A weak, but accurate image is to imagine society as a cardboard box. As the animal in this sanctuary the vulnerabilities we need to breathe and see only serve us if they keep us safe. A delicate balance must be found. History helps us calibrate our society but emotion makes us prone to rapid change and we may find panic inspiring us to cover more holes and hide ourselves away. Moving to a system of protection may feel better but we risk losing the culture of ideas we need to stay alive. A healthy society can only exist if dangerous ideas and people can exist. Yes, it is a hazard and yes we will be hurt over and over, but our freedom is too important to trade away for notions of better safety. One wonders whether these moves to better safety are even affective: will not dangerous people find ways to hurt others if the inspired? How much can we do to protect ourselves from human enthusiasm.

Text Reflection: The Master Switch by Tim Wu

January 3, 2011 Leave a comment

Tim Wu’s The Master Switch has a lot of ideas running through it. Its a wonderful book, no doubt an important educational one with broad connections to the historical, cultural and government events that delivered us to where we are. At its core, the text traces the evolution of communication technologies through Wu’s contextual “cycle” in which each new technology evolves from discovery to societal use. The text makes clear the battles fought for these lines and traces the common players whose swords are seemingly ever drawn and sharpened for a battle. Herein lies the sad part because, as Wu’s text makes painstakingly clear, with ever development there comes a period of denial and protectionism that disregards social benefit and focuses instead on protectionism for corporate power figures.

Our communication lines are fraught with constant battle. These highways for our brains on which a significant portion of our world view is dependent is less a public good and more a corporate commodity sought out and smudged at the whim of major players.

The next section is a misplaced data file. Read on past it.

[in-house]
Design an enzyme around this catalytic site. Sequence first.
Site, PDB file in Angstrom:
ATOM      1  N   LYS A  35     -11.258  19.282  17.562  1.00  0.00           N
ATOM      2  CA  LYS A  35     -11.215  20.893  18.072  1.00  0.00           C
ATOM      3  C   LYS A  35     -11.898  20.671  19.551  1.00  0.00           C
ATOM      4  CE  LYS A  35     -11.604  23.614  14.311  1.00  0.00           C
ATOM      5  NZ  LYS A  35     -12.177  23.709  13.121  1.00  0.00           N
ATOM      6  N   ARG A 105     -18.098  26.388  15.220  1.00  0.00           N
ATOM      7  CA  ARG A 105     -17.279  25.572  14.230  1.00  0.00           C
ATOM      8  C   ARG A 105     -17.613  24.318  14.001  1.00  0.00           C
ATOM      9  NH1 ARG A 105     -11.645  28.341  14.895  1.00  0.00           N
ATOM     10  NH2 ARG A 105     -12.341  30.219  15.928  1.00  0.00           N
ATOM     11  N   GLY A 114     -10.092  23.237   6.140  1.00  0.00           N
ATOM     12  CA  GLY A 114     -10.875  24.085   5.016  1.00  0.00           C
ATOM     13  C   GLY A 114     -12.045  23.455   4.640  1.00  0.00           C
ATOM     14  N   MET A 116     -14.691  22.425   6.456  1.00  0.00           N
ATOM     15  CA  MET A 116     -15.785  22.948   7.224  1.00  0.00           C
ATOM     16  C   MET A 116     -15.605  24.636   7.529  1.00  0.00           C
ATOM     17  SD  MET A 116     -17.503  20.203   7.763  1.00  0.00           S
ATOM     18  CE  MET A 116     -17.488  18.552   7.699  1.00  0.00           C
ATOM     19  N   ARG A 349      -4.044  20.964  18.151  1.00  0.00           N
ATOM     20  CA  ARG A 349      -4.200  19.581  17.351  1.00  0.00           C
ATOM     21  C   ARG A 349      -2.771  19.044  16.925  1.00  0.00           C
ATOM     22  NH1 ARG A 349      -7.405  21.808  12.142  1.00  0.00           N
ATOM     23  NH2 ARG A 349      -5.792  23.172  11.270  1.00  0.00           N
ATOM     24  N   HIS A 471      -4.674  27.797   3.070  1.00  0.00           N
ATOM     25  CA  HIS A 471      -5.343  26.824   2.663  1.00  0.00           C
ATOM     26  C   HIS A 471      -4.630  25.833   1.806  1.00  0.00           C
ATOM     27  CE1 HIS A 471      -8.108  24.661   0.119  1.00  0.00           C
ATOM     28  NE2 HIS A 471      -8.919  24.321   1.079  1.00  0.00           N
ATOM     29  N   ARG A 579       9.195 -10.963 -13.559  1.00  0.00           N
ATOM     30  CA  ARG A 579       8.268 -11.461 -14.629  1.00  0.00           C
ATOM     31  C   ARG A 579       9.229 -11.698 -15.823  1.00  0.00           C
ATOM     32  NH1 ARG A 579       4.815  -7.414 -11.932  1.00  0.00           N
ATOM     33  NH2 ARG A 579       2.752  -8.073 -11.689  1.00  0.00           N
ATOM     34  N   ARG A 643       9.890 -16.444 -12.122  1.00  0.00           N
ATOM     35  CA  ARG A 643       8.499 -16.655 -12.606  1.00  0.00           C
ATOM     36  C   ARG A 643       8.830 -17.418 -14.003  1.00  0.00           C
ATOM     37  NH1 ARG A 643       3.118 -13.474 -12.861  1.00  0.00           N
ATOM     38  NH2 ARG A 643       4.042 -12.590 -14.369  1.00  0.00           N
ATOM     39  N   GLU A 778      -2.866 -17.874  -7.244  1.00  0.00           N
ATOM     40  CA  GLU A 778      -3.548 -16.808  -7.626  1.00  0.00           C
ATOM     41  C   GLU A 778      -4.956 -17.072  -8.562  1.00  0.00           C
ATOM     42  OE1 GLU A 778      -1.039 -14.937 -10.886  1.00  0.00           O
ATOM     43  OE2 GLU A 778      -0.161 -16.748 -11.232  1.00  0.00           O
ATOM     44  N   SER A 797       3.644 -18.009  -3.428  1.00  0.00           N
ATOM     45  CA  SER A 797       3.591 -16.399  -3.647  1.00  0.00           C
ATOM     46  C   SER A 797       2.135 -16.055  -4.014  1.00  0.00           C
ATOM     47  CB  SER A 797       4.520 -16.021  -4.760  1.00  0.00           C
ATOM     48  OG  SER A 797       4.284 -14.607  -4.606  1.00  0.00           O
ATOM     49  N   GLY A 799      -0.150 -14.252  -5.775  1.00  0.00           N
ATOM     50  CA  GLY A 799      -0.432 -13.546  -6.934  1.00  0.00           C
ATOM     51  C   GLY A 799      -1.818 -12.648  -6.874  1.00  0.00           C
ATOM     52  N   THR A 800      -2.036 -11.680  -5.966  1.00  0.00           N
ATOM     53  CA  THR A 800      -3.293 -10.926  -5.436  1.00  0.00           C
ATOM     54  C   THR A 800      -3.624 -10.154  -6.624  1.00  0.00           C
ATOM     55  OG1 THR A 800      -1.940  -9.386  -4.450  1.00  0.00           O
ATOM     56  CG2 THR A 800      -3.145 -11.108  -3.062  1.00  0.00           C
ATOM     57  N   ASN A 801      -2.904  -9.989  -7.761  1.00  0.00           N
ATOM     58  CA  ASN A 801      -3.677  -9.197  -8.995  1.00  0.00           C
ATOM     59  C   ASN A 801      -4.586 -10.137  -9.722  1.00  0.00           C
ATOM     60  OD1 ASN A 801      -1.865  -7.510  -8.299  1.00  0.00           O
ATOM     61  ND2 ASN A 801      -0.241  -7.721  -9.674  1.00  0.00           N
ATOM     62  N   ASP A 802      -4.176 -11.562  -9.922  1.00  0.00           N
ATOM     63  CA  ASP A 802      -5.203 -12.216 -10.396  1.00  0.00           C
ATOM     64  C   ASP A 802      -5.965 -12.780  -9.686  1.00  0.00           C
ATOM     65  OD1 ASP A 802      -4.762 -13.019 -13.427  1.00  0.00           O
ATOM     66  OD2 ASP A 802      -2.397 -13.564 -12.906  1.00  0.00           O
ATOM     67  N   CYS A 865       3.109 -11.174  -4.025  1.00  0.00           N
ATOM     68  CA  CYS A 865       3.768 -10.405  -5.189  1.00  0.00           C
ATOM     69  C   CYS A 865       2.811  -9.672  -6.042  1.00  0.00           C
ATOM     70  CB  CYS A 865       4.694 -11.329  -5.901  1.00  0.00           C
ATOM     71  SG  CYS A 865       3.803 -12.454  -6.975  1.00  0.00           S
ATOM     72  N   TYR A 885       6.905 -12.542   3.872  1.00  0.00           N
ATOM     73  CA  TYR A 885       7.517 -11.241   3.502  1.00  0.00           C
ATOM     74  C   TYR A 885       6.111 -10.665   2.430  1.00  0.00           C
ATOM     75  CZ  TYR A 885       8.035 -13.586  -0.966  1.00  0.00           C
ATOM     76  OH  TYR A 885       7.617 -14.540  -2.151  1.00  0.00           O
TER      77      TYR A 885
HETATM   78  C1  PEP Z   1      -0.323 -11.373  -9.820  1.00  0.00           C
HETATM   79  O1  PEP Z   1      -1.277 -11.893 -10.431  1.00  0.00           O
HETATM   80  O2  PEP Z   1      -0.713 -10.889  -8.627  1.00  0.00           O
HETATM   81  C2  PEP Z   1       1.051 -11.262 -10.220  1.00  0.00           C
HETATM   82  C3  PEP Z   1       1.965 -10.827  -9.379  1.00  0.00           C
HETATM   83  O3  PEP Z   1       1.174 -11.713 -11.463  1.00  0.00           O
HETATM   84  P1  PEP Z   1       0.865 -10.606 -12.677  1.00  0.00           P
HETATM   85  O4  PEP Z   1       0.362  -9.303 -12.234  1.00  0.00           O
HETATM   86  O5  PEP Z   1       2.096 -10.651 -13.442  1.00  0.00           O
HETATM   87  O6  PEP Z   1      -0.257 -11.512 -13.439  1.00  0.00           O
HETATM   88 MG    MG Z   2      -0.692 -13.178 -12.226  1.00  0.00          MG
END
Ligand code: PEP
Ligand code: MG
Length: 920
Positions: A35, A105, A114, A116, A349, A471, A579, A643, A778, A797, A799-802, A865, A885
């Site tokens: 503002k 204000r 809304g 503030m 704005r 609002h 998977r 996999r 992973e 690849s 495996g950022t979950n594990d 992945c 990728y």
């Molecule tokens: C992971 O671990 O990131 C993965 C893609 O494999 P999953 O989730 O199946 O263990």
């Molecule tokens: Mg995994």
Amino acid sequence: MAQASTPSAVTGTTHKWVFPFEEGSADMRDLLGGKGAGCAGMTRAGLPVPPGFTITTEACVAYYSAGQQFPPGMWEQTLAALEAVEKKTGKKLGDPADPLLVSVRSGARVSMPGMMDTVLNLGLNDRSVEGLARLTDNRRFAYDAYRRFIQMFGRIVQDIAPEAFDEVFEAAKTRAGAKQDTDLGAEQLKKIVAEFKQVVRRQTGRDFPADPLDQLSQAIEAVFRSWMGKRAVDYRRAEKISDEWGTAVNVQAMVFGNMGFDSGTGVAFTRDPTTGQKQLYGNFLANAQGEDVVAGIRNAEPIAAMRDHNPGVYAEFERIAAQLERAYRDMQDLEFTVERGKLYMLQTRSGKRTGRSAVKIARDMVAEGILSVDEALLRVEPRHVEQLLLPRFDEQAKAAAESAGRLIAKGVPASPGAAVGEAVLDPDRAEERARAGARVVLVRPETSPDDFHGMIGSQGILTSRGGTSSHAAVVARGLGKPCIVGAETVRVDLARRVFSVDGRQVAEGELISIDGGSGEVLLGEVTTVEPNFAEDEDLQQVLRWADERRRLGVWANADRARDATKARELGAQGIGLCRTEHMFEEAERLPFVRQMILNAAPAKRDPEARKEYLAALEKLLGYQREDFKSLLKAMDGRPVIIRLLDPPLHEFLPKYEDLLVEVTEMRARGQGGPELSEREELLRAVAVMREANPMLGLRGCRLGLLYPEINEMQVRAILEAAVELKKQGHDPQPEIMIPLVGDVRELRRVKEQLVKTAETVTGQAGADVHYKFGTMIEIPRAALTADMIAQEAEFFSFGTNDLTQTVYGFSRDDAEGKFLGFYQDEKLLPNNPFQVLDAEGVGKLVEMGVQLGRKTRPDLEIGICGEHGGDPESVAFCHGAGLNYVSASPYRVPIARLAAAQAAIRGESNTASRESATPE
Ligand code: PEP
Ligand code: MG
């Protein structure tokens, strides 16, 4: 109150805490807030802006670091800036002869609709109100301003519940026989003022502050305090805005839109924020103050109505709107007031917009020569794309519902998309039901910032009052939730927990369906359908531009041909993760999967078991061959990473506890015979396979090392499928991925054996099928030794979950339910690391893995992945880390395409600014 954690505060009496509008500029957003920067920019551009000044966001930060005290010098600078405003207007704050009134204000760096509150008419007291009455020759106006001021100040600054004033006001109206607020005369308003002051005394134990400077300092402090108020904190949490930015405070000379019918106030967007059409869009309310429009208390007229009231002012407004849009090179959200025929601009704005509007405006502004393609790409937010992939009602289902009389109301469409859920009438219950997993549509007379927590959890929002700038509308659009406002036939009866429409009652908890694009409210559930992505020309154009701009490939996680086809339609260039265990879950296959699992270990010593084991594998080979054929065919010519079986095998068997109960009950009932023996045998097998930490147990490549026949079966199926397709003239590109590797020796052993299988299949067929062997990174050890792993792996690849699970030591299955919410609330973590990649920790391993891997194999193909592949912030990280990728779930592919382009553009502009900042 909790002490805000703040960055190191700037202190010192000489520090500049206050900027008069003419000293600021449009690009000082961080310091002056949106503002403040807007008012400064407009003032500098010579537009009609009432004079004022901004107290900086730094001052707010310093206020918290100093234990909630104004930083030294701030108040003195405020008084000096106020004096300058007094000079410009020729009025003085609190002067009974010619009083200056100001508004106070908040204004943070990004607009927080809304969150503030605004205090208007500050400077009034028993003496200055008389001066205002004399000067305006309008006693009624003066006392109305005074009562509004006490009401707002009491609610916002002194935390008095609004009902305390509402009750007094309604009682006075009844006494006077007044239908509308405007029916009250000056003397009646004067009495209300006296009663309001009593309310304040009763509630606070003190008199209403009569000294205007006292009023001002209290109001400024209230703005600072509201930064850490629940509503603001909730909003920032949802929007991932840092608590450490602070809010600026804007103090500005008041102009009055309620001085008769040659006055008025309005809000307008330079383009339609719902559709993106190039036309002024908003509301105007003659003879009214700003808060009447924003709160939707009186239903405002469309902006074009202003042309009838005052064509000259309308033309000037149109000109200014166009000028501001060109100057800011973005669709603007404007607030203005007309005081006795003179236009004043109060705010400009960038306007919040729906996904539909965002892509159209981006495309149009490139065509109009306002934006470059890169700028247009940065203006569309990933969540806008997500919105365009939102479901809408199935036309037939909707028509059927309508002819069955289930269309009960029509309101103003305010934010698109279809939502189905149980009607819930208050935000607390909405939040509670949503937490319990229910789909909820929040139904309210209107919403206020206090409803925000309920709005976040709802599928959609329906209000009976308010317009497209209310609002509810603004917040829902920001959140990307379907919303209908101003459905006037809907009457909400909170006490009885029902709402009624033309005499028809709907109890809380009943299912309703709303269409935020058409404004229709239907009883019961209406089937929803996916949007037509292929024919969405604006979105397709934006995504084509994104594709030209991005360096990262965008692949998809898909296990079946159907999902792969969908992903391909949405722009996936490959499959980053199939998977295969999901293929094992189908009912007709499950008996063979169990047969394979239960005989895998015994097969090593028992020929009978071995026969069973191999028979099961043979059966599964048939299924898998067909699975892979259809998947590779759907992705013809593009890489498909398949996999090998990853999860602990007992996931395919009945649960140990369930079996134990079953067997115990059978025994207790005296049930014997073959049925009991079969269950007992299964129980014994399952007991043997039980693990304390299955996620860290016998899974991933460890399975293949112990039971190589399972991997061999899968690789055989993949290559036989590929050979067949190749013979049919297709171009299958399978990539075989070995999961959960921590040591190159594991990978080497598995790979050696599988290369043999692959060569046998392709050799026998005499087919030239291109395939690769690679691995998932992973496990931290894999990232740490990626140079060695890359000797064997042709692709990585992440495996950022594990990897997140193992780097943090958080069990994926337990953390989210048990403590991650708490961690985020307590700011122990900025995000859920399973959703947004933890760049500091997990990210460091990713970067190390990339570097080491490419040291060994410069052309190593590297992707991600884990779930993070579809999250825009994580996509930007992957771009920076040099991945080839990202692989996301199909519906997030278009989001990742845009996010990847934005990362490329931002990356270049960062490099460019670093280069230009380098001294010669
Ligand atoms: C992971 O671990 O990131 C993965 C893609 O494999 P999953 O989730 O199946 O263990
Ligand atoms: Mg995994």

Wu reminds us of the danger of private control. He doesn’t suggest a complete private turn over of the communication lines to government control; instead, his text works to argue that historical record points to a common form of behavior. We always see the denial of innovation. We’ve always seen a government less interested in competition when a cleaner, more efficient process when expansion is possible. Just like our most efficient corporations, when our government perceives the opportunity to avoid a major cost there is an attraction to a bending of the law. Major tasks like communication line expansion is a tricky task- long and expensive and better left to major corporations who have more to gain and far less to lose in the face of political factors.

The Master Switch urges caution in light of these trends. Wu reminds us that with each communication evolution we grow more dependent on our technology to connect with fellow human beings. With innovation comes comfort and a slow dependence on the conveniences that technology provides. Eventually the effort we used to invest to meet people is divided for some other task and slowly we surround ourselves with less social interaction and grow all the more dependent on our techno toys and goodies. There’s a risk here and Wu reminds us that if history provides any insight into the future we’ll see a monopolization of technology. Major hazards lurk ahead as we reveal more and more about ourselves and further bury ourselves in our gadgets.

Let The Master Switch be a warning: our communication lines are crucial to our social well-being and as we grow more and more dependent on these artificial means of connection we must also strengthen our gaze on those who manage these lines. Dependence on another for these means of communication leave major areas of vulnerability. Trust but verify these figures and let history be our guide: there will be greed and denial of innovation but as long as human genius maintains its constant battle forward we can stay just a few paces ahead of greed and stagnation. If technology is a savior then its better left to the outside world- just as all great innovations come from an outsider the escape from corporate control and hazard will come in the form of the newest great idea that comes beyond the boardroom walls.